By Jon Newton 10/04/05
If you didn’t know better, you might believe it was a serious report.
And be sure the mainstream media will take it as exactly that.
‘It’ is the latest Big Music cartel’s IFPI (International Federation
of Phonographic Industry) version of what’s happening in the world of
online music .
“Digital sales triple to 6% of industry retail revenues as global music
market falls 1.9%,” says the organization, owned by EMI, Warner, Universal
and Sony BMG. However, three times nothing equals nothing.
And, "More and more people in a growing number of countries are turning to the new legal ways of downloading music on the internet or via mobile phones,” according to its boss, John Kennedy.
Yet the labels claim ad nauseum that they’re being ruined by file sharers and file sharing.
Only the IFPI (or, let’s be fair, the RIAA, BPI, CRIA, ARIA, JRIA, so on, and etc) would, or could, unblushingly describe sales of 500 million or so from a single source, Apple’s iTunes iPod loss-leader, as ‘booming’ while more and more people are logging on to the p2p networks, completely ignoring the efforts of its masters.
P2p research firm Big Champagne statistics (left) show the average number
of people simultaneously logged onto the p2p networks around the world
at any given time between August, 2003, and August, 2005. In 2003 in the
US, the focus of the disingenuous RIAA hype, 2,630,960 people were logged
on at any moment, in 2004 the figure was 4,549,801, and in August 2005,
it was 6,871,308.
There are no similar figures available to support the IFPI’s claims.
But you can be 100% sure they wouldn’t amount to a hill of beans.
So how is it possible for the admittedly BS organization to publicly
state that corporate music sales are booming?
It’s all explained a little further on.
The IFPI is making the numbers up as it goes along.
“IFPI has estimated [our emphasis] the retail value of the digital
music market in order to be consistent with its reporting of physical
sales, and to allow year-on-year comparisons,” it says.
And, “On that basis, digital music sales in the period amounted to approximately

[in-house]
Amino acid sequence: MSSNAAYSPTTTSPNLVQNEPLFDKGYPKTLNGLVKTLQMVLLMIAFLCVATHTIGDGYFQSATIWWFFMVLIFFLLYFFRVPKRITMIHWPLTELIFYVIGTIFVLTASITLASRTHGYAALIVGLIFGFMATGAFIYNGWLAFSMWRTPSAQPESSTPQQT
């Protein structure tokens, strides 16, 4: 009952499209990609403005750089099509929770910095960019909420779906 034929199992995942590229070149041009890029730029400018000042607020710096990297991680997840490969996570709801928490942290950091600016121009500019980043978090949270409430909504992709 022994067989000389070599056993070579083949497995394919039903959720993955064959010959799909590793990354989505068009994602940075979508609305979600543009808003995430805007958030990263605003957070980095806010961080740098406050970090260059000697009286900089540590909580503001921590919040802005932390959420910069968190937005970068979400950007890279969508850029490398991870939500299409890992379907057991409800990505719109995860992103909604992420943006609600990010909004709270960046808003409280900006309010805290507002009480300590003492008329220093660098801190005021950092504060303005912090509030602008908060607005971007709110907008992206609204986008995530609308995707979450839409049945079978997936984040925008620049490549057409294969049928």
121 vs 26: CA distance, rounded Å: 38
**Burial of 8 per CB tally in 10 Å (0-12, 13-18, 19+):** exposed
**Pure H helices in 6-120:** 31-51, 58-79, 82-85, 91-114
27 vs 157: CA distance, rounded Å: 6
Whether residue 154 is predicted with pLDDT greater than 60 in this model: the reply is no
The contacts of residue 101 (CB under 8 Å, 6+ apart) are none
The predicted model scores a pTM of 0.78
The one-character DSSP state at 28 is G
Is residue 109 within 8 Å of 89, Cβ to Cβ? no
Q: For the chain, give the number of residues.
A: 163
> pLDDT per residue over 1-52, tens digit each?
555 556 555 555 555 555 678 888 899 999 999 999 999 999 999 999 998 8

$US 790 million, up from $US 220 million in the first half of 20041. This
is the equivalent of 6% of total record industry sales.”
“On that basis” and “the equivalent of”. Hmmmm
“The surge in digital music sales is being driven by the growing uptake of broadband, increasing penetration of 3G mobile phones and portable music players, and a series of successful launches of new music services in different countries over the past year,” says the IFPI
It might be correct, or almost correct, about the mobiles, but to say there’s
been “a series of successful launches of new music services in different countries
over the past year” is sheer, unadultrated baloney.
iTunes has indeed opened in various countries, with Napster trailing sadly along behind. But that’s the extent of it and once again, by no stretch of the imagination - even the IFPI’s - could this be called “booming” or “succesful”.
And in yet another entirely disingenuous statement, “our actions to contain internet piracy, whether by education or by litigation, are working,” says Kennedy.
To the contrary, the cartel’s the international sue ‘em all marketing campaign is succeeding only in bringing appalling distress to a tiny handful of people who come nowhere near to representing the file sharers the labels claim are causing so much "devastation".
And every day, more and more people log on to the p2p networks for their music fixes.
In the meanwhile, “There is a long way to go - digital and physical piracy remain a big threat to our business in many markets,” says the IFPI.
“Our industry's priorities are to further grow this emerging digital music business while stepping up our efforts to protect it from copyright theft."
Go here for the full monty.
The cartel's RIAA (Recording Industry Association of America) is currently being sued under America's RICO (Racketeering Influenced and Corrupt Organization) Act for fraud, invasion of privacy, abuse of process, electronic trespass, violation of the Computer Fraud and Abuse Act, negligent misrepresentation, the tort of "outrage", and deceptive business practices.
Jon Newton is the editor of p2pnet.net and is a regular contributer to MP3 Newswire. Jon's site is devoted to the politics of digital music and his insights as well as those of his co-writers can be read there. We urge you to explore it.
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